by Heather Vandenengel
SALEM, OR — It’s raining and I’m supposed to be driving along the Oregon coast, eating cheese and visiting breweries, but I’m still in Salem at a coffee shop doing work and stressing about upcoming travel plans and feeling frustrated with my decision making, and lack thereof. I’m also reading this Rebecca Solnit piece for Orion which hits like a sucker punch right now and has too many good quotes to choose, but here are a few.
“You travel to get somewhere, and you travel for the sake of adventure, for the scenery, for being in motion, for discovery, for being uprooted and at large, that nice expression that seems to suggest that liberty is an enlargement of the self, that you grow as your scope does. But maybe the final art of travel is arrival, the end of the story that eludes so many of us who are afloat or adrift, who believe there should be, must be, something next.
In a way, everything is traveling: the planet revolving daily, orbiting the sun annually, the blood traveling within our veins, the ideas traveling within our minds. Maybe being still is how you turn your attention from the logistics of your own trajectory to the passage of all the other beings and their shadows. To arrive, then, is not about immobility but something else, perhaps confidence, clarity, satisfaction, attention.”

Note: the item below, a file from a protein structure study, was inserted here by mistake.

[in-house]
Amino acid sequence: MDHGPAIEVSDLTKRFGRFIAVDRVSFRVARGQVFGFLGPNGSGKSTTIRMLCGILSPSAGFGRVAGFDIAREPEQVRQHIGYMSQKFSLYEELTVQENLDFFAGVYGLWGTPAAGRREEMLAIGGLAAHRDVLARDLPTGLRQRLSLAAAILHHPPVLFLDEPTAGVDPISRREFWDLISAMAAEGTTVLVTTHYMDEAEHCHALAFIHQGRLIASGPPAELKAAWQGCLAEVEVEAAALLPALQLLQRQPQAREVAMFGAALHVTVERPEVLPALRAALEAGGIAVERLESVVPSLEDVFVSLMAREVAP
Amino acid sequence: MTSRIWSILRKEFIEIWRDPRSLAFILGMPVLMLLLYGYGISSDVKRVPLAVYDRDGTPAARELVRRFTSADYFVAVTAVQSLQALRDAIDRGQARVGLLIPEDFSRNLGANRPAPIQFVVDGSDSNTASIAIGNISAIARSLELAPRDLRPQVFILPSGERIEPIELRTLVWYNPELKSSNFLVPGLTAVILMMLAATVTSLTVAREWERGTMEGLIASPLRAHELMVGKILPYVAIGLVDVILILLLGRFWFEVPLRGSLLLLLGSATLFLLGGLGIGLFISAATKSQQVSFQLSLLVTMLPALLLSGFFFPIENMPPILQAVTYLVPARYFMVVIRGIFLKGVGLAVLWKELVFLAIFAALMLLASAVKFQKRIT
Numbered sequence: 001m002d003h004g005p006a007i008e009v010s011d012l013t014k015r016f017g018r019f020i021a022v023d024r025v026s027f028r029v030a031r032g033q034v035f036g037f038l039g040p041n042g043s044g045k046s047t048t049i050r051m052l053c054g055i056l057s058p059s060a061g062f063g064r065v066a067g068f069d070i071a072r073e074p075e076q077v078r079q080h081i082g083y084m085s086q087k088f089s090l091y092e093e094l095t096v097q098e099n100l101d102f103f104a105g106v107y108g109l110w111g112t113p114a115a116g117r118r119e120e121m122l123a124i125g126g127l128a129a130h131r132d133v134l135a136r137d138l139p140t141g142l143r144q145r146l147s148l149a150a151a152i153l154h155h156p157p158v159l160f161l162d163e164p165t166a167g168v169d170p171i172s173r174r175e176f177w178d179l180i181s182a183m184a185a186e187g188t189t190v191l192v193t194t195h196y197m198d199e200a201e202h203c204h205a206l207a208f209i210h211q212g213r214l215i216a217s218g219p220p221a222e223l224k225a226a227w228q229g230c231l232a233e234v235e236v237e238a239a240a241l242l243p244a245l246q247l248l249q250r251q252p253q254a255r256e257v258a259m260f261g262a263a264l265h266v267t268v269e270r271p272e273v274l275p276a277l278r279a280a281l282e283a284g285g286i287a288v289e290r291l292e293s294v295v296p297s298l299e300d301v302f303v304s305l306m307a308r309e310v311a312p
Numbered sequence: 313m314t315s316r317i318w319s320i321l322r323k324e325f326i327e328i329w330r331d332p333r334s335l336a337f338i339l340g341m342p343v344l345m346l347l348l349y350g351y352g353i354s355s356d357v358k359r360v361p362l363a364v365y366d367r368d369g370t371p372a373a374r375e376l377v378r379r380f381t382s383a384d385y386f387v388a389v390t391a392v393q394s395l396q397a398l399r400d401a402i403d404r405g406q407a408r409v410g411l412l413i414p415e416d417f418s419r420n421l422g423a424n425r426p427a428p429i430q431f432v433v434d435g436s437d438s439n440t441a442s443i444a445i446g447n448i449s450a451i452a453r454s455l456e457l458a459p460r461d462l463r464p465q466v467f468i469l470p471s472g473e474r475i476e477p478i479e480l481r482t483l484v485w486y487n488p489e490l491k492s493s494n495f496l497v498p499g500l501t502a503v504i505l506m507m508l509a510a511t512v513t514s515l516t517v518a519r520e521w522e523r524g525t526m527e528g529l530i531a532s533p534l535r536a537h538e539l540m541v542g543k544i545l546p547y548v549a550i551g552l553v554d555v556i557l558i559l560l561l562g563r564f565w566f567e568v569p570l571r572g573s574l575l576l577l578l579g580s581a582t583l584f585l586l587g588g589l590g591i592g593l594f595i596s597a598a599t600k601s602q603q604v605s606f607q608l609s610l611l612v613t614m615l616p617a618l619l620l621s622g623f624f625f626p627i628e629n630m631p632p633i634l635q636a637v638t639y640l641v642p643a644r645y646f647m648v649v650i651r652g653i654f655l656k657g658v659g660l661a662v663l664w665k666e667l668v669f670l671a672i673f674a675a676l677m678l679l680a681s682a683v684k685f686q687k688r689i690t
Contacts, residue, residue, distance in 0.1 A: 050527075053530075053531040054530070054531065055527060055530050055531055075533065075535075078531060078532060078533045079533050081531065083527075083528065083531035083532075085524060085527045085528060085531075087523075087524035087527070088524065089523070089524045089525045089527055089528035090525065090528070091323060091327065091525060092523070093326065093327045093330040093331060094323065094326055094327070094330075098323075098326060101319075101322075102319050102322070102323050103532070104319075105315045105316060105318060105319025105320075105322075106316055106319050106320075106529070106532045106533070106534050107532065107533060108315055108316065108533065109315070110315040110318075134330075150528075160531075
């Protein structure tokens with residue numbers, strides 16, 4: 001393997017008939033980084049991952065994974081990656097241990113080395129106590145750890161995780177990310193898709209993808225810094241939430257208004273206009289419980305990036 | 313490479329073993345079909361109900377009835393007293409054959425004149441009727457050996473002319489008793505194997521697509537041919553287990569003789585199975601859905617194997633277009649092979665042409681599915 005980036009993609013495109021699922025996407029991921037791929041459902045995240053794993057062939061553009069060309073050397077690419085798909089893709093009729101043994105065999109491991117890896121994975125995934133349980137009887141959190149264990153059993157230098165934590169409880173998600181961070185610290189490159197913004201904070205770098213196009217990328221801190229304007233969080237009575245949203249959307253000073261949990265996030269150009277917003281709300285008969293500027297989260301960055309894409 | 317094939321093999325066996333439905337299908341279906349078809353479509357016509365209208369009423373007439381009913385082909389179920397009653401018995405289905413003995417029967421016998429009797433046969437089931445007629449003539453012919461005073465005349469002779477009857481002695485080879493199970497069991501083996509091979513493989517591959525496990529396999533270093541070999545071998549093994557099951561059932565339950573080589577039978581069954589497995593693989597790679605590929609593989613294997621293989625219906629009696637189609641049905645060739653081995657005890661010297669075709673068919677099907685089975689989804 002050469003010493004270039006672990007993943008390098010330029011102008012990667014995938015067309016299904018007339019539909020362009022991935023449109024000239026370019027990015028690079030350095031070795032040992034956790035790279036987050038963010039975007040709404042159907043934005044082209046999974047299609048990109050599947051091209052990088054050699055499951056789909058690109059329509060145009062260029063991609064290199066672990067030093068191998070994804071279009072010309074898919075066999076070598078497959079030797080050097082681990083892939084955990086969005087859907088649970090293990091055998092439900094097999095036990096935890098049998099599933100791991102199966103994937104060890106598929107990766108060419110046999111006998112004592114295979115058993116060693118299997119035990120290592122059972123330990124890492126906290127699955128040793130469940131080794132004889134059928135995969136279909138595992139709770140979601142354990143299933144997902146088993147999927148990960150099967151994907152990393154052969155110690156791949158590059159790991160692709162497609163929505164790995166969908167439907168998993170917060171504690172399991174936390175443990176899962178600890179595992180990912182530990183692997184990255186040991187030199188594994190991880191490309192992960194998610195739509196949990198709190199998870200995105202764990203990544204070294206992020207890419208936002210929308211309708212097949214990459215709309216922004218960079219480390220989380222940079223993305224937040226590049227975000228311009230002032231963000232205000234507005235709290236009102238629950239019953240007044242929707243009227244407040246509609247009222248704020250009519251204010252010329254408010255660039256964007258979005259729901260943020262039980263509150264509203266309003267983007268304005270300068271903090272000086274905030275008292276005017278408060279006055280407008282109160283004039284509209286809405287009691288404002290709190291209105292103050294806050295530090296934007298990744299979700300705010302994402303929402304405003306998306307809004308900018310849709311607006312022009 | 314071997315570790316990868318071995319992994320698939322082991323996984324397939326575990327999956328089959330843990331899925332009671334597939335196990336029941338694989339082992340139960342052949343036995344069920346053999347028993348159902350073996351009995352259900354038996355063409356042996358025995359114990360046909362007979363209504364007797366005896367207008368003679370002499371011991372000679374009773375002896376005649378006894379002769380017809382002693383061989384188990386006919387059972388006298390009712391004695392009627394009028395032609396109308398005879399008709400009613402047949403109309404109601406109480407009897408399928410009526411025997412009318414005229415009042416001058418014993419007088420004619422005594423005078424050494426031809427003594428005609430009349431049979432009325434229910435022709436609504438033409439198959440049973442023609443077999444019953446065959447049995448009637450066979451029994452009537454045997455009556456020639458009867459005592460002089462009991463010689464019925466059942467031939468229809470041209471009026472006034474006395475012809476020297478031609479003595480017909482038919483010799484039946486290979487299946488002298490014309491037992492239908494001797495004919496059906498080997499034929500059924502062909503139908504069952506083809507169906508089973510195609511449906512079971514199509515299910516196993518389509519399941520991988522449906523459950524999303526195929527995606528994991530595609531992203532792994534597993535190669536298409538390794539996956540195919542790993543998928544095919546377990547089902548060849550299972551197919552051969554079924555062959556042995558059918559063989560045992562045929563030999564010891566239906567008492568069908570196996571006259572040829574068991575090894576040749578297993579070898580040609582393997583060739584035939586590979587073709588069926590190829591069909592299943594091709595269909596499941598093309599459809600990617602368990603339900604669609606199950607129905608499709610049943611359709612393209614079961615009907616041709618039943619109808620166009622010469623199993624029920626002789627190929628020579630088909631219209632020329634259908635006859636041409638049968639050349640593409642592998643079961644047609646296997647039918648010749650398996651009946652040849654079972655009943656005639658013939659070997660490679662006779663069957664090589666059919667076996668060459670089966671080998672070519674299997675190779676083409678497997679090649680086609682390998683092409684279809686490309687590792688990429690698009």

“Like a life, a journey assumes a shape and a meaning that are only clear afterward, and like a journey, a life requires that you learn to let go of the plan when the actuality departs from it, to embrace what’s arriving, let go of what’s departing, to move forward and not get stuck. You can cover the same ground with entirely different purposes. Some people run away all their lives; some people search without finding; some people know where they’re headed and move toward goals, ideals, people; some in that subtlest of journeys move toward becoming who they are meant to be; some arrive.”